Strongylocentrotus pallidus (G.O. Sars, 1871)
Common name(s): Pale urchin
|Strongylocentrotus pallidus, about 8 cm diameter, captured at 110 m depth in San Juan Channel|
|(Photo by: Dave Cowles, July 2000)|
How to Distinguish from Similar Species: S. droebachiensis is similar size and only a slightly darker green hue. However, S. droebachiensis has tube feet darker than the spines, and usually purple. The spines of S. droebachiensis have ridges with rounded surfaces and with periodic, somewhat fan-shaped sculpturings.
Geographical Range: (Occurs at least here and in Norway, off Russia from the Barents Sea down to the central part of the Sea of Japan). Probably pan-Arctic. This and S. droebachiensis are the only species of urchin in the Puget Sound area that are also found in the NW Pacific off Russia (Bazhin, 1998).
Depth Range: Strictly subtidal, and usually deeper than 30 m
Habitat: Known to occur on both sandy/shell hash bottoms and in rocky areas.
Biology/Natural History: Deep-living. May harbor the intestinal rhabdocoel flatworm Syndisyrinx (=Syndesmis) franciscanus. We find this species on sandy/shell hash bottoms in the San Juan Channel at about 100-120 m depth.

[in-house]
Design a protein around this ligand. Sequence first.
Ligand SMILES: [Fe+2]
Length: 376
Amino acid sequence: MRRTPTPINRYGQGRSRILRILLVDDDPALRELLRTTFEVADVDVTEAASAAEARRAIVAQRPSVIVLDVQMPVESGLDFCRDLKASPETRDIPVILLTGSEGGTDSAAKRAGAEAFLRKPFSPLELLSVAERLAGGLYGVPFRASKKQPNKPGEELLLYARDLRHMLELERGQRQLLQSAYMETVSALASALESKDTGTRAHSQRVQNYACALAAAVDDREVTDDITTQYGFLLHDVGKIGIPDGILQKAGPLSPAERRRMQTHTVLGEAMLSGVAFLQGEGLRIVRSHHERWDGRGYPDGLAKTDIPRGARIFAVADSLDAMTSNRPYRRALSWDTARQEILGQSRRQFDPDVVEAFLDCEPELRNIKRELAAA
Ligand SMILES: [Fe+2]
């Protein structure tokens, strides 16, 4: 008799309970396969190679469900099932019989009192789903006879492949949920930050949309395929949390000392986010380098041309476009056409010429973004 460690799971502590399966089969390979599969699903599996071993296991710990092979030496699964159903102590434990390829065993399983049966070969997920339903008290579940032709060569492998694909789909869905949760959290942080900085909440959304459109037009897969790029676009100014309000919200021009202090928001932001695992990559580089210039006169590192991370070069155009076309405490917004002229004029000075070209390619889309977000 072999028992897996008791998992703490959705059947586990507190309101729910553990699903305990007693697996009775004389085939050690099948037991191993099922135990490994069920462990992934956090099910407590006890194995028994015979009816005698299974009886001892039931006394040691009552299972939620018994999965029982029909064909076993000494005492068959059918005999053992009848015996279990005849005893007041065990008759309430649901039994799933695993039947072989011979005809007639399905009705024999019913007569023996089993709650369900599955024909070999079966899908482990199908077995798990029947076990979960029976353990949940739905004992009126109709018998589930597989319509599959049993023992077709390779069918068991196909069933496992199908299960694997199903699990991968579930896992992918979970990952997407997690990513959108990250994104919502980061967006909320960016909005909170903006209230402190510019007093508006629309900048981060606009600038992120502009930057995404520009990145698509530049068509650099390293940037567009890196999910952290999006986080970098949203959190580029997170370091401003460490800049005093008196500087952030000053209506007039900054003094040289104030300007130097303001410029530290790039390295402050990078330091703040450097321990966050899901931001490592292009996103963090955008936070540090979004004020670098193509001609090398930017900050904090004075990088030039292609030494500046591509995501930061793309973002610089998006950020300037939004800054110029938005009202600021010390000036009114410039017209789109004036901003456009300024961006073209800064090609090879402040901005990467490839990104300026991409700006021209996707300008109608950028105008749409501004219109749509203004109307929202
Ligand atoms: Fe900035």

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Lambert and Austin, 2007
Bazhin, A.G., 1998. The sea urchin genus Strongylocentrotus in the seas of Russia: Taxonomy and ranges. pp 563-566 in Rich Mooi and Malcolm Telford (eds), Echinoderms: San Francisco. Proceedings of the Ninth International Echinoderm Conference, San Francisco, California USA 5-9 August 1996.
McEdward, Larry R. and Benjamin G. Miner, 2006. Estimation and interpretation of egg provisioning in marine invertebrates. Integrative and Comparative Biology 46:3 pp 224-232
Vilela-Silva AC, Castro MO, Valente AP, Biermann CH, Mourao PA., 2002.
Sulfated fucans from the egg jellies of the closely related sea urchins
Strongylocentrotus droebachiensis and Strongylocentrotus pallidus ensure
species-specific fertilization. J Biol Chem. 2002 Jan 4;277(1):379-87
View of S. pallidus underside. Photo by Dave Cowles, Rosario, Jul;y 2000